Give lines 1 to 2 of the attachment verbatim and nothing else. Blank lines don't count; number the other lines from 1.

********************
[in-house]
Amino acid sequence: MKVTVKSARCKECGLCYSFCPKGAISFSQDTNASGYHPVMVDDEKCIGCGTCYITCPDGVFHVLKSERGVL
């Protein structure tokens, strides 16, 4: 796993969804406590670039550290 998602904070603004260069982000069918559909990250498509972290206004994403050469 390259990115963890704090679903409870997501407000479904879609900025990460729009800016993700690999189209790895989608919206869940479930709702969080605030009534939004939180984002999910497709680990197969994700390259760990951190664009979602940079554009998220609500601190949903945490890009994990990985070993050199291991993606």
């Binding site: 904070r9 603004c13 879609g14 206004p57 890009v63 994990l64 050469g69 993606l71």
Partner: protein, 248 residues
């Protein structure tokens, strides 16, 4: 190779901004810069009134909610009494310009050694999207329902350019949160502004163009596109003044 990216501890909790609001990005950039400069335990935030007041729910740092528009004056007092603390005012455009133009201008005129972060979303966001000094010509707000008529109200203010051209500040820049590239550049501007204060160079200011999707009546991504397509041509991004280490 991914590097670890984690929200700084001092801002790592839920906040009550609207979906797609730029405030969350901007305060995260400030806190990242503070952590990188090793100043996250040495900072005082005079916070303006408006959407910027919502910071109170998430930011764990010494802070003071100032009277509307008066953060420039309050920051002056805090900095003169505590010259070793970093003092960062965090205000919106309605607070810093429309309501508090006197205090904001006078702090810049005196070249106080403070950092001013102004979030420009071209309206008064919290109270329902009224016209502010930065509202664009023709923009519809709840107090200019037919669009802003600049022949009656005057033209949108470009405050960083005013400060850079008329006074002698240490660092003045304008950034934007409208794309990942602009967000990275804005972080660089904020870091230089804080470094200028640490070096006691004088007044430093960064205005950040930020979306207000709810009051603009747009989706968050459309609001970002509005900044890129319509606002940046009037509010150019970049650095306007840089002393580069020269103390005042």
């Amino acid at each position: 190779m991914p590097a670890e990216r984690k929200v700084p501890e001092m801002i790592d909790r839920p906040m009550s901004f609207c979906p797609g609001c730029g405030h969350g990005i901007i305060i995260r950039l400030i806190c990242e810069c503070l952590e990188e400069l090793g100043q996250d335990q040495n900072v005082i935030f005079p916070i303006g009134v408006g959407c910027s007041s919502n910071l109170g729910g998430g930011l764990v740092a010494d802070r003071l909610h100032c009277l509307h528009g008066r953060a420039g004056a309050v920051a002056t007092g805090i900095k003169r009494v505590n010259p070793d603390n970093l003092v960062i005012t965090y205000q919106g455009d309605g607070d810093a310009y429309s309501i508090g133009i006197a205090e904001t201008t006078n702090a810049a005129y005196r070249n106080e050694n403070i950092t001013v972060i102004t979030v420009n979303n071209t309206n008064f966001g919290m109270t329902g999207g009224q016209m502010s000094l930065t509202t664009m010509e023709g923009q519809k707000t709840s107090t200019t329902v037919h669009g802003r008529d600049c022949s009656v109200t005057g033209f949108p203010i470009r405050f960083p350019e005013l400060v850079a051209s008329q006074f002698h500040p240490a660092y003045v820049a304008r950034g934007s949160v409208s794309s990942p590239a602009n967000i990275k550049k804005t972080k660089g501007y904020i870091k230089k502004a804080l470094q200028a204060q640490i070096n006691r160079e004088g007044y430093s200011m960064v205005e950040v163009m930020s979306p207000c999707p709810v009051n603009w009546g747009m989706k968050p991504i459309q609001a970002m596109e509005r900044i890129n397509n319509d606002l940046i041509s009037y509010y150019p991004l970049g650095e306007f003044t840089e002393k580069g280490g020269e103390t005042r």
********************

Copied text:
[in-house]
Amino acid sequence: MKVTVKSARCKECGLCYSFCPKGAISFSQDTNASGYHPVMVDDEKCIGCGTCYITCPDGVFHVLKSERGVL